36. ^ "Town Board Meeting - March 26, 1985". Town of Queensbury. p. 5. Retrieved . 
  37. ^ "Organizational Meeting - January 3, 1986". Town of Queensbury. p. 10. Retrieved . 
  38. ^ "Local Government Handbook" (PDF) (6th ed.). New York State Department of State. 2009. pp. Handbook 63 / PDF 75. Retrieved .  |section= ignored (help)
  39. ^ "Boards and Committees - Town of Queensbury". Town of Queensbury. Retrieved . 
  40. ^ "Board of Supervisors". Warren County. Retrieved . 
  41. ^ a b "Warren County Sheriff's Office". Warren County Sheriff's Office. Retrieved . 
  42. ^ "Contact Troop G". New York State Police. Retrieved . 
  43. ^ "Queensbury Town Code". General Code. Retrieved .  |section= ignored (help)
  44. ^ Fire Protection Districts (PDF) (Map). Town of Queensbury Community Development Department. Retrieved . 
  45. ^ Emergency Response Districts (PDF) (Map). Town of Queensbury Community Development Department. Retrieved . 
  46. ^ Bramen, Lisa (2005-08-10). "If disaster strikes, SEMO's ready". The Post Star. Retrieved . 
  47. ^ Robert V. Palmer. "Queensbury". In L. Root, Deane. Grove Music Online. Oxford Music Online. Oxford University Press.  (subscription required)
  48. ^ "(Map of Queensbury School Districts)" (PDF). Town of Queensbury Community Development Department. Retrieved . 
  49. ^ "SUNY: Complete Campus List". The State University of New York. Retrieved . 
  50. ^ "Brendan Harris Statistics & History". Sports Reference LLC. Retrieved 2011. 
  51. ^ "Johnny Podres Statistics and History". Sports Reference LLC. Retrieved 2011.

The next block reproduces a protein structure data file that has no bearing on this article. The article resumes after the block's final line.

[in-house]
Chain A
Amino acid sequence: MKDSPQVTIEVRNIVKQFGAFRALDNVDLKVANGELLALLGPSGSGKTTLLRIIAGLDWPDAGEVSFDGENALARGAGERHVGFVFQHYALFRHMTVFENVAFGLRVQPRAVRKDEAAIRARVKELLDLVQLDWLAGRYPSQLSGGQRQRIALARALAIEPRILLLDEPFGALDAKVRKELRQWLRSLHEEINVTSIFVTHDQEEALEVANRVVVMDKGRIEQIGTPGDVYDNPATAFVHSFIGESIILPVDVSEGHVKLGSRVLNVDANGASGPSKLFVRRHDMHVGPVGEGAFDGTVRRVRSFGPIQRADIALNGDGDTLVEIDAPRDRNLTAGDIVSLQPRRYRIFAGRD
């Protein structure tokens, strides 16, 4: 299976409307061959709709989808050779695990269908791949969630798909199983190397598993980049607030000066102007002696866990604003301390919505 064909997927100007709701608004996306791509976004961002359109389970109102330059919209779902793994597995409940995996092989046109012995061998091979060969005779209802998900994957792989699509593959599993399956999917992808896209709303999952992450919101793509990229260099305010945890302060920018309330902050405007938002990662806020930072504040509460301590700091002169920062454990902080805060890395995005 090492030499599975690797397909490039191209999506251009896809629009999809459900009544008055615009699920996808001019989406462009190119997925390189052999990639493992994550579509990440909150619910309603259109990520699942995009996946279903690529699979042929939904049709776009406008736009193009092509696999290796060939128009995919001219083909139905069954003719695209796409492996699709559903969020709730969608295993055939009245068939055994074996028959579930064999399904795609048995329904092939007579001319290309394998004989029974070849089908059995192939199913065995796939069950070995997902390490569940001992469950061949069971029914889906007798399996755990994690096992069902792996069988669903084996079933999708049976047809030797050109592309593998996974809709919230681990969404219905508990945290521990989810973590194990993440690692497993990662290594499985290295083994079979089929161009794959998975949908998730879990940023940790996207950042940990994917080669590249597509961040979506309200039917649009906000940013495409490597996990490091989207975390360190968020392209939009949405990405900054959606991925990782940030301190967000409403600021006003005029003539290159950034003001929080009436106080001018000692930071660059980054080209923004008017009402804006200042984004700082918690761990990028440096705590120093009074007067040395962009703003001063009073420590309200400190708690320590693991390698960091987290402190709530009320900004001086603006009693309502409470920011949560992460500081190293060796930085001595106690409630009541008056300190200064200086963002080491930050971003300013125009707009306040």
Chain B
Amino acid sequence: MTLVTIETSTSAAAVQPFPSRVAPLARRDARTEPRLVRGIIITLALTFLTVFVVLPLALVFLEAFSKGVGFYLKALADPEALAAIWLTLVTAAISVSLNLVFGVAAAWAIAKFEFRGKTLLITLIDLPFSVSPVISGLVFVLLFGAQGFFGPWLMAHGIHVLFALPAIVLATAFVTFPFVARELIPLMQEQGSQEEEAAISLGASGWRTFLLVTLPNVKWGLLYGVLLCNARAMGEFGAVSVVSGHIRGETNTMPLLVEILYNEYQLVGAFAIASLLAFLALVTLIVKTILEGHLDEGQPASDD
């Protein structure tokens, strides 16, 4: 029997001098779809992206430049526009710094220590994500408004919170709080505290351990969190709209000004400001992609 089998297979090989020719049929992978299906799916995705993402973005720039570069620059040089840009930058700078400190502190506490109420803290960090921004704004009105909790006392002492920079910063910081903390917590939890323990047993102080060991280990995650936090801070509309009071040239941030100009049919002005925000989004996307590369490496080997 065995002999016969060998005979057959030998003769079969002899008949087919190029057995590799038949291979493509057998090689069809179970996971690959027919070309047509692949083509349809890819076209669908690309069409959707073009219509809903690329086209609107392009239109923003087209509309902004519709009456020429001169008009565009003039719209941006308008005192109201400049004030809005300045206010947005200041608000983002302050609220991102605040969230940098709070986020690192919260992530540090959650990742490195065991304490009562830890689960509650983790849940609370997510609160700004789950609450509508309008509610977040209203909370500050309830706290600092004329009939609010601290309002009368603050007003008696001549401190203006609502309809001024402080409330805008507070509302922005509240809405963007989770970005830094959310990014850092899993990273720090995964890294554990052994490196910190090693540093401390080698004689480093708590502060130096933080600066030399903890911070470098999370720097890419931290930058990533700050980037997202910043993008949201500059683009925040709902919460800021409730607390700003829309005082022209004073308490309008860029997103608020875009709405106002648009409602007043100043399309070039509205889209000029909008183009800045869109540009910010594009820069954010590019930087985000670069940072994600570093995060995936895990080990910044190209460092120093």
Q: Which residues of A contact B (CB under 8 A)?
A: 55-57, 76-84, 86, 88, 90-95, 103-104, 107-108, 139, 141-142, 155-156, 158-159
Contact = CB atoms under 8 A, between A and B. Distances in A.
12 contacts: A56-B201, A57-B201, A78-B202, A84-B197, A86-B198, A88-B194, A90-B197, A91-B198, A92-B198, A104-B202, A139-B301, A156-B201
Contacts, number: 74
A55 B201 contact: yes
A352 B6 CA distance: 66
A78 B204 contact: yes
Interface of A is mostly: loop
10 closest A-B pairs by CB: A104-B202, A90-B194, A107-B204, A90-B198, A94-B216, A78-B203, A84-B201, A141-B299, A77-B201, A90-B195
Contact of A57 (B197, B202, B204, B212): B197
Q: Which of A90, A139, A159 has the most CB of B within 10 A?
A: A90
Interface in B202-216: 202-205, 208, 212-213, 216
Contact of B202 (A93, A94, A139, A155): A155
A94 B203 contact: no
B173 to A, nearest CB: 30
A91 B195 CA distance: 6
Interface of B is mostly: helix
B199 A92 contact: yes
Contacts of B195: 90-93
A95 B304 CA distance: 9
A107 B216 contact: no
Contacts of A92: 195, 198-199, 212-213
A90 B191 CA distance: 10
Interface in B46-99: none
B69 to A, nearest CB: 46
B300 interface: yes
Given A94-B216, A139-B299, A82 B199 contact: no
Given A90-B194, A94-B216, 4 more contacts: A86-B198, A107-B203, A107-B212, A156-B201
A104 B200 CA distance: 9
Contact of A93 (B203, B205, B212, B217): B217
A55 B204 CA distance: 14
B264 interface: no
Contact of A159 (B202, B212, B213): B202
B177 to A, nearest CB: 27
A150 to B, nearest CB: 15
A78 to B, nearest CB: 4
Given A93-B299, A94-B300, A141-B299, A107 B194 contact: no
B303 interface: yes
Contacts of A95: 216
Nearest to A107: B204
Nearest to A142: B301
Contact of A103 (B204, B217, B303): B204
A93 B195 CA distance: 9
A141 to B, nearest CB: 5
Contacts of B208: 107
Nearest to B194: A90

52. ^ Goldstein, Richard (January 14, 2008). "Johnny Podres, Series Star, Dies at 75". The New York Times. Retrieved 2011. 
  53. ^ "Derek Richardson - IMDb". IMDb.com, Inc. Retrieved 2011. 
  54. ^ "Adam Terry Stats". ESPN Internet Ventures. Retrieved 2011. 
  55. ^ a b c d e f VanDyke, Marilyn. "Oneida Hamlet". Archived from the original on May 8, 2009. Retrieved . 
  56. ^ Roman, Dayelin (August 26, 2010). "East Lake George proposal is defeated". The Post-Star. Retrieved 2010. 
  57. ^ a b Warren County; Glens Falls Queensbury Lake George; New York State (Map) (8th ed.). JIMAPCO, Inc. 1996. 
  58. ^ a b "Urbanized Area Outline Map (Census 2000); Glens Falls, NY" (PDF). U.S. Census Bureau. Retrieved . 
  59. ^ History of Warren County, H. P. Smith - Chapter XXV: History of the Patent and Town of Queensbury - Part 4
  60. ^ Glens Falls Digital Raster Quadrangle (Map). 1:24,000. New York State Department of Transportation. 1991. Retrieved 2010. 
  61. ^ Hudson Falls Digital Raster Quadrangle (Map). 1:24,000. New York State Department of Transportation. 1992. Retrieved 2010. 
  62. ^ MAP OF WARREN Co NEW YORK (Map) (1858 ed.). E.A. Balch & W.O. Shearer. Retrieved . 

External links